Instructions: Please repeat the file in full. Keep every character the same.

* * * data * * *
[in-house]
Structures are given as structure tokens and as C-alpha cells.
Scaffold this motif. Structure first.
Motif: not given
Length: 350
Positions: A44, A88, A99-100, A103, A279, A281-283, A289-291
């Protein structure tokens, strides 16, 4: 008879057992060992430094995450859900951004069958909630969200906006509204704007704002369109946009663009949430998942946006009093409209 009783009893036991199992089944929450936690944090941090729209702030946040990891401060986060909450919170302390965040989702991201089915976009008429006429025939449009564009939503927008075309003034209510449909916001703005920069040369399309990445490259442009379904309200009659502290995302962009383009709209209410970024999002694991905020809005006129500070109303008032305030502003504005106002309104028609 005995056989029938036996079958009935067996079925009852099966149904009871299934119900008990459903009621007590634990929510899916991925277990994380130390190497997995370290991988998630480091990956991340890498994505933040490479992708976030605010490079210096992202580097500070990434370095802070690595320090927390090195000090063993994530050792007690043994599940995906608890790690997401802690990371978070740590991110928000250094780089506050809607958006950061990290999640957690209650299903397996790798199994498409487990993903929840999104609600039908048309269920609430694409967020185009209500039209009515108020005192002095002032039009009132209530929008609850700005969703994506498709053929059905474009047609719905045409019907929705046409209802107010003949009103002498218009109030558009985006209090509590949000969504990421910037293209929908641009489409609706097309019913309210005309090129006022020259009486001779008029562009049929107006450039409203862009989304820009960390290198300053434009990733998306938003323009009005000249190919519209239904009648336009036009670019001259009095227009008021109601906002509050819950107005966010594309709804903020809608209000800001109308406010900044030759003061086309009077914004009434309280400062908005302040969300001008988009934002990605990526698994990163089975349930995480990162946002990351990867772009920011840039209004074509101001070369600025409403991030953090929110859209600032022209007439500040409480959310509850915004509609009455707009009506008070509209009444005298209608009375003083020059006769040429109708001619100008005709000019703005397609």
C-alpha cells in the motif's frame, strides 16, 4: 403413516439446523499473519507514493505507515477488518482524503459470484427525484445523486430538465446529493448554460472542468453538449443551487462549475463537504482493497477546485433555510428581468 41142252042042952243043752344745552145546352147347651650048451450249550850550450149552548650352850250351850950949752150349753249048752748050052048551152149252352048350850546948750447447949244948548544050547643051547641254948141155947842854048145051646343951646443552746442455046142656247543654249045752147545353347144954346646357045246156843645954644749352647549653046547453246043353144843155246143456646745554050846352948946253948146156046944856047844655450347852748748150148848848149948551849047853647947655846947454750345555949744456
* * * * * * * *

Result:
[in-house]
Structures are given as structure tokens and as C-alpha cells.
Scaffold this motif. Structure first.
Motif: not given
Length: 350
Positions: A44, A88, A99-100, A103, A279, A281-283, A289-291
């Protein structure tokens, strides 16, 4: 008879057992060992430094995450859900951004069958909630969200906006509204704007704002369109946009663009949430998942946006009093409209 009783009893036991199992089944929450936690944090941090729209702030946040990891401060986060909450919170302390965040989702991201089915976009008429006429025939449009564009939503927008075309003034209510449909916001703005920069040369399309990445490259442009379904309200009659502290995302962009383009709209209410970024999002694991905020809005006129500070109303008032305030502003504005106002309104028609 005995056989029938036996079958009935067996079925009852099966149904009871299934119900008990459903009621007590634990929510899916991925277990994380130390190497997995370290991988998630480091990956991340890498994505933040490479992708976030605010490079210096992202580097500070990434370095802070690595320090927390090195000090063993994530050792007690043994599940995906608890790690997401802690990371978070740590991110928000250094780089506050809607958006950061990290999640957690209650299903397996790798199994498409487990993903929840999104609600039908048309269920609430694409967020185009209500039209009515108020005192002095002032039009009132209530929008609850700005969703994506498709053929059905474009047609719905045409019907929705046409209802107010003949009103002498218009109030558009985006209090509590949000969504990421910037293209929908641009489409609706097309019913309210005309090129006022020259009486001779008029562009049929107006450039409203862009989304820009960390290198300053434009990733998306938003323009009005000249190919519209239904009648336009036009670019001259009095227009008021109601906002509050819950107005966010594309709804903020809608209000800001109308406010900044030759003061086309009077914004009434309280400062908005302040969300001008988009934002990605990526698994990163089975349930995480990162946002990351990867772009920011840039209004074509101001070369600025409403991030953090929110859209600032022209007439500040409480959310509850915004509609009455707009009506008070509209009444005298209608009375003083020059006769040429109708001619100008005709000019703005397609």
C-alpha cells in the motif's frame, strides 16, 4: 403413516439446523499473519507514493505507515477488518482524503459470484427525484445523486430538465446529493448554460472542468453538449443551487462549475463537504482493497477546485433555510428581468 41142252042042952243043752344745552145546352147347651650048451450249550850550450149552548650352850250351850950949752150349753249048752748050052048551152149252352048350850546948750447447949244948548544050547643051547641254948141155947842854048145051646343951646443552746442455046142656247543654249045752147545353347144954346646357045246156843645954644749352647549653046547453246043353144843155246143456646745554050846352948946253948146156046944856047844655450347852748748150148848848149948551849047853647947655846947454750345555949744456